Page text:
Egyptian judge orders block of YouTube over anti-Islam film
CAIRO — A Cairo court on Saturday ordered the government to block access to YouTube for 30 days because the video-sharing site carried the anti-Islam film that caused deadly riots last year.
Judge Hassouna Tawfiq ordered YouTube blocked for carrying the movie trailer, which he described as “offensive to Islam and the Prophet (Muhammad).”
He made the ruling in the Egyptian capital where the first protests against the film erupted in September before spreading to more than 20 countries, killing more than 50 people.
The ruling, however, can be appealed and, based on precedent, might not be enforced.
The 14-minute advertisement for the movie “Innocence of Muslims” portrays the Prophet Muhammad, the central figure of Islam, as a religious fraud, womanizer and pedophile. It was produced in the United States by an Egyptian-born Christian who became a U.S. citizen.
Egypt's new constitution includes a ban on insulting “religious messengers and prophets.” Broadly worded blasphemy laws were also in effect under former President Hosni Mubarak before his ouster in a popular revolt two years ago.
Similar orders to censor pornographic websites deemed offensive have not been enforced in Egypt because of high costs associated with technical applications. Blocking YouTube might be easier to enforce, though it also can be circumvented by active Internet users.
Rights activists say Egypt's Ministry of Communications and Information Technology has appeared unwilling to enforce such bans.
Human rights lawyer Gamal Eid said the decision to ban YouTube stems in large part from a lack of knowledge among judges about how the Internet works.
Show commenting policy
TribLive commenting policy
You are solely responsible for your comments and by using TribLive.com you agree to our Terms of Service.
We moderate comments. Our goal is to provide substantive commentary for a general readership. By screening submissions, we provide a space where readers can share intelligent and informed commentary that enhances the quality of our news and information.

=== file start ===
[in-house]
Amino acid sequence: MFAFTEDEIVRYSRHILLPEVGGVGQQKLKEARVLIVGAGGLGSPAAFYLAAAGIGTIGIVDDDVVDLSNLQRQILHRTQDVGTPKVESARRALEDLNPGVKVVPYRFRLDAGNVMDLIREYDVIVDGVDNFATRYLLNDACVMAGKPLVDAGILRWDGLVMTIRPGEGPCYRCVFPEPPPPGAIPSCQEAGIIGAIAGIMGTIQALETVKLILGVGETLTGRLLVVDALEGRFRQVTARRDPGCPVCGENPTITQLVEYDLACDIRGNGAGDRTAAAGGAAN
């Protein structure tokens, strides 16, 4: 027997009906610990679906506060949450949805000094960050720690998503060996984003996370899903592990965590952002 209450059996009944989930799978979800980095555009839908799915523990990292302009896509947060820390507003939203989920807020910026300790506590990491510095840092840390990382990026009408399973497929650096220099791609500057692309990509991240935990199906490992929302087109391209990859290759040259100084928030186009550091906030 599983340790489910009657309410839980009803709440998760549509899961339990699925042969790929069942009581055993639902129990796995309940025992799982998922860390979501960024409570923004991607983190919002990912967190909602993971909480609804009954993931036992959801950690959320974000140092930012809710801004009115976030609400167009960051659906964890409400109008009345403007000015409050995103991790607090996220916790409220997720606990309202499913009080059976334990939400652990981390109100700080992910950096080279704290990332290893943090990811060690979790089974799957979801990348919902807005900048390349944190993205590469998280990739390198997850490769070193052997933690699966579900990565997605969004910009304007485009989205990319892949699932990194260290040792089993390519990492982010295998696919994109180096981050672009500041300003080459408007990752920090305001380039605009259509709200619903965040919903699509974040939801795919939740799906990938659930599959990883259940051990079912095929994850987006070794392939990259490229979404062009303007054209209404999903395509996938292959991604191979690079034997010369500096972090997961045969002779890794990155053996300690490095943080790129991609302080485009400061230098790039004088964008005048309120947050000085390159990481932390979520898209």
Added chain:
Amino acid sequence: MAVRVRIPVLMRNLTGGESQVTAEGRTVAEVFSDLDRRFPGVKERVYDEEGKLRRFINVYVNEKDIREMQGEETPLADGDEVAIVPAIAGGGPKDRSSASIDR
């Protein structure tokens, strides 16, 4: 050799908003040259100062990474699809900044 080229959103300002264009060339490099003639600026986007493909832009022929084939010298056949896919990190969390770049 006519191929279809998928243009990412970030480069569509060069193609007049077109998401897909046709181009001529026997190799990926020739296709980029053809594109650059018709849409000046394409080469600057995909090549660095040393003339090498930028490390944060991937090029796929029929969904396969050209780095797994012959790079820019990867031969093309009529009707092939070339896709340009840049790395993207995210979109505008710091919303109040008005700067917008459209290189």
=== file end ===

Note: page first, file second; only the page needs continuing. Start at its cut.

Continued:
While most comments will be posted if they are on-topic and not abusive, moderating decisions are subjective. We will make them as carefully and consistently as we can. Because of the volume of reader comments, we cannot review individual moderation decisions with readers.
We value thoughtful comments representing a range of views that make their point quickly and politely. We make an effort to protect discussions from repeated comments either by the same reader or different readers.
We follow the same standards for taste as the daily newspaper. A few things we won't tolerate: personal attacks, obscenity, vulgarity, profanity (including expletives and letters followed by dashes), commercial promotion, impersonations, incoherence, proselytizing and SHOUTING. Don't include URLs to Web sites.
We do not edit comments. They are either approved or deleted. We reserve the right to edit a comment that is quoted or excerpted in an article. In this case, we may fix spelling and punctuation.
We welcome strong opinions and criticism of our work, but we don't want comments to become bogged down with discussions of our policies and we will moderate accordingly.
We appreciate it when readers and people quoted in articles or blog posts point out errors of fact or emphasis and will investigate all assertions. But these suggestions should be sent via e-mail. To avoid distracting other readers, we won't publish comments that suggest a correction. Instead, corrections will be made in a blog post or in an article.
- Hungary, Poland angry about Comey equating their Holocaust roles to Germany’s
- South African army to protect immigrants
- UNHCR: Weekend shipwreck deadliest ever in Mediterranean
- Navy aircraft carrier Roosevelt rushes to Yemen to block Iran’s arms
- U.S.-led coalition conducting surveillance flights over Tikrit
- Obama warns Iran to respect sovereignty
- Al-Qaida exploits chaos in Yemen, seizing weapons depot
- Report: Iraqi security forces kill Saddam aide al Douri, but DNA will confirm
- Replica of ship that aided American cause sets sail
- Dissidents on ballot in Cuban elections
- Australian teenagers arrested in plot to attack veterans event